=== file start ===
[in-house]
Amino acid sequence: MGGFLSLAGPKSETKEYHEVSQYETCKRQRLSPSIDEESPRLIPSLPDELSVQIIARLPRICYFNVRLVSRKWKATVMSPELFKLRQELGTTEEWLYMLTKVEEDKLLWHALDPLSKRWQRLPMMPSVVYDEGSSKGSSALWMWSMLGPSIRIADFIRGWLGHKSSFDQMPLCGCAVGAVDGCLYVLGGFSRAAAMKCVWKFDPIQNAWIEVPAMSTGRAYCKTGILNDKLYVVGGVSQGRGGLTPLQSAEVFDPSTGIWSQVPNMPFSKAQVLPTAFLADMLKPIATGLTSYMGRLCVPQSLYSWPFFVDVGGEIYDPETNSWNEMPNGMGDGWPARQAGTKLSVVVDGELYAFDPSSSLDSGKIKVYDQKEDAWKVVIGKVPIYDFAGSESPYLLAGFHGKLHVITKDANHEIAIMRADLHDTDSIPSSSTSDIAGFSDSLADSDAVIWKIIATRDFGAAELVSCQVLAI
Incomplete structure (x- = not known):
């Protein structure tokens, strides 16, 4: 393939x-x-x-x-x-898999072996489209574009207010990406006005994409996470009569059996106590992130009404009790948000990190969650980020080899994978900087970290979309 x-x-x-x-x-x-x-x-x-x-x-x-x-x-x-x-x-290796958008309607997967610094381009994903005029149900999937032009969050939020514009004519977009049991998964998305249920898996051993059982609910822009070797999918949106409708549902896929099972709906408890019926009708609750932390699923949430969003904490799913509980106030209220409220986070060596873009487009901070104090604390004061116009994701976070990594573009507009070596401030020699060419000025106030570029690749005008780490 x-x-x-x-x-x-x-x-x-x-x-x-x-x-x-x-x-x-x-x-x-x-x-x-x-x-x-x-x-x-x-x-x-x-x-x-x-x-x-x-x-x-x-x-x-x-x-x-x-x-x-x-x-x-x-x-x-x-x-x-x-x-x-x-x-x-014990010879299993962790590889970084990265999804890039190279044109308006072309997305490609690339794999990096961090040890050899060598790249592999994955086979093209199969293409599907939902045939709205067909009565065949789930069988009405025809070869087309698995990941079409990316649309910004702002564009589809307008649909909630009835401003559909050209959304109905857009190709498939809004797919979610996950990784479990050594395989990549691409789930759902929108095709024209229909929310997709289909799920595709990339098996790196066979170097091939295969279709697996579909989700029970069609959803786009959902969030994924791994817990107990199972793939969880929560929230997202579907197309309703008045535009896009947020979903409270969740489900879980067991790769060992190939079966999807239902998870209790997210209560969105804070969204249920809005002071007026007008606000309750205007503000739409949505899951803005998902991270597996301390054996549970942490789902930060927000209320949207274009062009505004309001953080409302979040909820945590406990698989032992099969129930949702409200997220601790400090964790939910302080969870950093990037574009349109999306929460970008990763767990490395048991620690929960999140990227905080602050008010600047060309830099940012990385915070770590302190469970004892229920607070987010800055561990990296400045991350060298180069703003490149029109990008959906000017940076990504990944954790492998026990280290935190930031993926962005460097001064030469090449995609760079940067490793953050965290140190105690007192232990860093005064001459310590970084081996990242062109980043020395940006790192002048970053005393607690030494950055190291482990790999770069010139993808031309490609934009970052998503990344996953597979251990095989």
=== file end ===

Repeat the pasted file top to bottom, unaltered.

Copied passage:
[in-house]
Amino acid sequence: MGGFLSLAGPKSETKEYHEVSQYETCKRQRLSPSIDEESPRLIPSLPDELSVQIIARLPRICYFNVRLVSRKWKATVMSPELFKLRQELGTTEEWLYMLTKVEEDKLLWHALDPLSKRWQRLPMMPSVVYDEGSSKGSSALWMWSMLGPSIRIADFIRGWLGHKSSFDQMPLCGCAVGAVDGCLYVLGGFSRAAAMKCVWKFDPIQNAWIEVPAMSTGRAYCKTGILNDKLYVVGGVSQGRGGLTPLQSAEVFDPSTGIWSQVPNMPFSKAQVLPTAFLADMLKPIATGLTSYMGRLCVPQSLYSWPFFVDVGGEIYDPETNSWNEMPNGMGDGWPARQAGTKLSVVVDGELYAFDPSSSLDSGKIKVYDQKEDAWKVVIGKVPIYDFAGSESPYLLAGFHGKLHVITKDANHEIAIMRADLHDTDSIPSSSTSDIAGFSDSLADSDAVIWKIIATRDFGAAELVSCQVLAI
Incomplete structure (x- = not known):
């Protein structure tokens, strides 16, 4: 393939x-x-x-x-x-898999072996489209574009207010990406006005994409996470009569059996106590992130009404009790948000990190969650980020080899994978900087970290979309 x-x-x-x-x-x-x-x-x-x-x-x-x-x-x-x-x-290796958008309607997967610094381009994903005029149900999937032009969050939020514009004519977009049991998964998305249920898996051993059982609910822009070797999918949106409708549902896929099972709906408890019926009708609750932390699923949430969003904490799913509980106030209220409220986070060596873009487009901070104090604390004061116009994701976070990594573009507009070596401030020699060419000025106030570029690749005008780490 x-x-x-x-x-x-x-x-x-x-x-x-x-x-x-x-x-x-x-x-x-x-x-x-x-x-x-x-x-x-x-x-x-x-x-x-x-x-x-x-x-x-x-x-x-x-x-x-x-x-x-x-x-x-x-x-x-x-x-x-x-x-x-x-x-x-014990010879299993962790590889970084990265999804890039190279044109308006072309997305490609690339794999990096961090040890050899060598790249592999994955086979093209199969293409599907939902045939709205067909009565065949789930069988009405025809070869087309698995990941079409990316649309910004702002564009589809307008649909909630009835401003559909050209959304109905857009190709498939809004797919979610996950990784479990050594395989990549691409789930759902929108095709024209229909929310997709289909799920595709990339098996790196066979170097091939295969279709697996579909989700029970069609959803786009959902969030994924791994817990107990199972793939969880929560929230997202579907197309309703008045535009896009947020979903409270969740489900879980067991790769060992190939079966999807239902998870209790997210209560969105804070969204249920809005002071007026007008606000309750205007503000739409949505899951803005998902991270597996301390054996549970942490789902930060927000209320949207274009062009505004309001953080409302979040909820945590406990698989032992099969129930949702409200997220601790400090964790939910302080969870950093990037574009349109999306929460970008990763767990490395048991620690929960999140990227905080602050008010600047060309830099940012990385915070770590302190469970004892229920607070987010800055561990990296400045991350060298180069703003490149029109990008959906000017940076990504990944954790492998026990280290935190930031993926962005460097001064030469090449995609760079940067490793953050965290140190105690007192232990860093005064001459310590970084081996990242062109980043020395940006790192002048970053005393607690030494950055190291482990790999770069010139993808031309490609934009970052998503990344996953597979251990095989």